Towards a Riyadh-Ankara axis?
But Riyadh and Ankara will have to overcome their differences. These two regional heavyweights are fighting over the leadership of Sunni Islam. While Turkey’s President Recep Tayyip Erdogan is close to the Muslim Brotherhood, Saudi Arabia’s MBS has introduced social and religious reforms to attract tourists and foreign investors as part of his Vision 2030 programme.
“Erdogan wants to show that there is only one Islam, one that does not work in the West,” says Quentin de Pimodan, an analyst at the Research Institute for European and American Studies. “It has a real resonance in Muslim civil societies, which the Saudis take very seriously.”
Above all, MBS has stopped trusting Erdogan since Khashoggi’s murder. Turkey’s President has apportioned some of the responsibility for the journalist’s murder to the Crown Prince, albeit without naming him directly.
But Riyadh has a means of exerting pressure on Ankara. Due to the informal boycott of Turkish products, Turkey’s imports to Saudi Arabia have plummeted by 98%. The kingdom has also announced that eight of its Turkish schools will close down.
Ankara, which is diplomatically isolated and in the midst of an economic crisis, is seeking to renew ties with Cairo and Riyadh. A Turkish delegation visited Egypt for the first time since the fall of President Mohamed Morsi in 2013. The Turkish presidency has toned down its hostile media campaigns against the Gulf and Abdel Fattah al-Sisi regime in Egypt. It even went as far as expressing “respect” for the way Riyadh handled the Khashoggi murder trial, which implicated several Saudi officials.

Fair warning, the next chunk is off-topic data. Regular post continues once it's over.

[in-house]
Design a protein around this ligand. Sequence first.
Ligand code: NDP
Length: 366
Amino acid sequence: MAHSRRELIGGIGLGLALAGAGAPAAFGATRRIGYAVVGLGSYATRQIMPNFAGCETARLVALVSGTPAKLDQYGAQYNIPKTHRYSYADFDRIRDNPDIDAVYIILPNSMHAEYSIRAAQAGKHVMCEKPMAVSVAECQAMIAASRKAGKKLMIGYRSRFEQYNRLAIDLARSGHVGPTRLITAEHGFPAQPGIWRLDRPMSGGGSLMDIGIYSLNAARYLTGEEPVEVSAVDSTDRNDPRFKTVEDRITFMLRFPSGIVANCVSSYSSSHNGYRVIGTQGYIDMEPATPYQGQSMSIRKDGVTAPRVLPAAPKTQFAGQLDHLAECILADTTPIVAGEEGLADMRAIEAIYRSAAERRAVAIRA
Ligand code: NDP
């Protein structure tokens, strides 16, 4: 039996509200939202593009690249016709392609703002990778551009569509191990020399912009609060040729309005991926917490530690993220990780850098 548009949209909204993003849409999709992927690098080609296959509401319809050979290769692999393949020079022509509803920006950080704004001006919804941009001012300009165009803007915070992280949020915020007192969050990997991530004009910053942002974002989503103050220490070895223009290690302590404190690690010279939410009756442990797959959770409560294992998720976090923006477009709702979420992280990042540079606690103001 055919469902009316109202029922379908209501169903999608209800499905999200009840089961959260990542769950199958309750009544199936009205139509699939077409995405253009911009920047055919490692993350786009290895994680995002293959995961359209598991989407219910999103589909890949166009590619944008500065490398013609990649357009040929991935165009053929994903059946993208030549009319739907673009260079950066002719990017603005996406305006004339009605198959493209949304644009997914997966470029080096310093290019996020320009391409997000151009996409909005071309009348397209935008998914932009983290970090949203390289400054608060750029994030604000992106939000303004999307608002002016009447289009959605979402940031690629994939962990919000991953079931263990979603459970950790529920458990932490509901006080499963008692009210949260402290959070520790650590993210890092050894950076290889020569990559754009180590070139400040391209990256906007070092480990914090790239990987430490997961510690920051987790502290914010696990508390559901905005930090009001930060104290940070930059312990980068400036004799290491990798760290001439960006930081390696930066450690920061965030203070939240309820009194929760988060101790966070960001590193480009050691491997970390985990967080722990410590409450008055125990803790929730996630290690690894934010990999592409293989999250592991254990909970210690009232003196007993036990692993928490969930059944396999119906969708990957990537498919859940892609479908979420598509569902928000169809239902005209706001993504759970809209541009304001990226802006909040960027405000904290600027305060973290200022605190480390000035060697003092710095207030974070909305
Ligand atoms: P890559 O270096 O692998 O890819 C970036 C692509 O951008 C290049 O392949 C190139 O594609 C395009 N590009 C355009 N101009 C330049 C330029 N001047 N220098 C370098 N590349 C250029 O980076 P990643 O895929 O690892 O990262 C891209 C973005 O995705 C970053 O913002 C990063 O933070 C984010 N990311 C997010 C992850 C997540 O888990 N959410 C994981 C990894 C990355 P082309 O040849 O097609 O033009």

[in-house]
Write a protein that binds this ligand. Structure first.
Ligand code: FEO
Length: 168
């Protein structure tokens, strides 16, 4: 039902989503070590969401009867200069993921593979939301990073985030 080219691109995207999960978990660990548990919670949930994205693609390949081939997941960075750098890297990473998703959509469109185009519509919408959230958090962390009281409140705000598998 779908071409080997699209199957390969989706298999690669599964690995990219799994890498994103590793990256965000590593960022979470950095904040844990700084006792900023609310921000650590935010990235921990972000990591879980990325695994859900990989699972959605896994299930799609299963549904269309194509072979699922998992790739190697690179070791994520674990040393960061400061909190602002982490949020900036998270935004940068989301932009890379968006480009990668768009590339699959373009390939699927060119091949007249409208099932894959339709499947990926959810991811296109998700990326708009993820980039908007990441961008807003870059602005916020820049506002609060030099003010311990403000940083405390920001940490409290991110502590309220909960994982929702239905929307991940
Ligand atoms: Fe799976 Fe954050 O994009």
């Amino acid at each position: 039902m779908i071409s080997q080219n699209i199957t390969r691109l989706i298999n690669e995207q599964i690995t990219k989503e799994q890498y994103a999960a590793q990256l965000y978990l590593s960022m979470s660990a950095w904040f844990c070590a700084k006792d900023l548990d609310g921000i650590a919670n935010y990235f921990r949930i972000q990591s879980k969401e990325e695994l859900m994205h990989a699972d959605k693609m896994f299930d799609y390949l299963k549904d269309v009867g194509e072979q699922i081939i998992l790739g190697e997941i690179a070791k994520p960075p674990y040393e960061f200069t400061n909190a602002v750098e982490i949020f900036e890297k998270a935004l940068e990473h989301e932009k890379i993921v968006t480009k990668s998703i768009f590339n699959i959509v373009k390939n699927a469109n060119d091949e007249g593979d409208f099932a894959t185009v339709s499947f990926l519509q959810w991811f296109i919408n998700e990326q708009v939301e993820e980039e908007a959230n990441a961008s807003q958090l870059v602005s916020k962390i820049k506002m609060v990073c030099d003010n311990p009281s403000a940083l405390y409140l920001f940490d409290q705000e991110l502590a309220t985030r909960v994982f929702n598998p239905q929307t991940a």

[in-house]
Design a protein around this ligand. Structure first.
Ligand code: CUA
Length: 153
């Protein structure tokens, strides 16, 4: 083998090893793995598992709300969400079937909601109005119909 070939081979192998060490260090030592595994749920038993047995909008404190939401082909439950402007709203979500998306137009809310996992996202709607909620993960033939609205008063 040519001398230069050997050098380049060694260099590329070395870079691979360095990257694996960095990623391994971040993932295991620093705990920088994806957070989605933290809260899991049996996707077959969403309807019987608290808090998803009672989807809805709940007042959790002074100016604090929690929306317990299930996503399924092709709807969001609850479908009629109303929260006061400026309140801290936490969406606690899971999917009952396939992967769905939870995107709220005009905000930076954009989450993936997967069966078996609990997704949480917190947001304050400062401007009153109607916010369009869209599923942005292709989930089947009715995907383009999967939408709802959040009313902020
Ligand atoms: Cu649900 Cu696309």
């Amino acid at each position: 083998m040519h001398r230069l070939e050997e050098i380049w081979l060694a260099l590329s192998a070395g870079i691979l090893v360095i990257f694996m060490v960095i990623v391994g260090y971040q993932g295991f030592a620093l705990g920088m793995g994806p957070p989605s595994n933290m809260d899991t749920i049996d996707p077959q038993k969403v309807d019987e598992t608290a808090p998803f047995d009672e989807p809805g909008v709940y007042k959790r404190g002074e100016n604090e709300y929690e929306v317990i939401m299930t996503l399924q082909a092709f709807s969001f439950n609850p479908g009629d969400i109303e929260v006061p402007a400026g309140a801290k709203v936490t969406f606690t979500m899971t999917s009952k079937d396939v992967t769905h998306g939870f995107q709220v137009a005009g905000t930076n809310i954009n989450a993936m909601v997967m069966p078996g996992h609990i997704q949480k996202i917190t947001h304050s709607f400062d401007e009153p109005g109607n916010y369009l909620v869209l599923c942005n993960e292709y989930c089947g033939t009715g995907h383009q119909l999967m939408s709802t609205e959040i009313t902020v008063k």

This Saudi diplomatic shift is also an opportunity for the kingdom to improve its image, which has been tarnished by its aggressive foreign policy and its repression of political opponents, especially the US. “The Saudis want to use all possible means to show the Biden administration that they contribute to peace and stability in the region,” says Karim.
In addition to relaunching the JCPOA, the US President has suspended arms sales to Saudi Arabia, removed the Houthis from its list of terrorist groups and released the Central Intelligence Agency report that holds MBS responsible for Khashoggi’s murder. These measures contrast significantly with the approach of his predecessor Donald Trump, who was not very keen to hold the Saudi leader to account on the subject of human rights.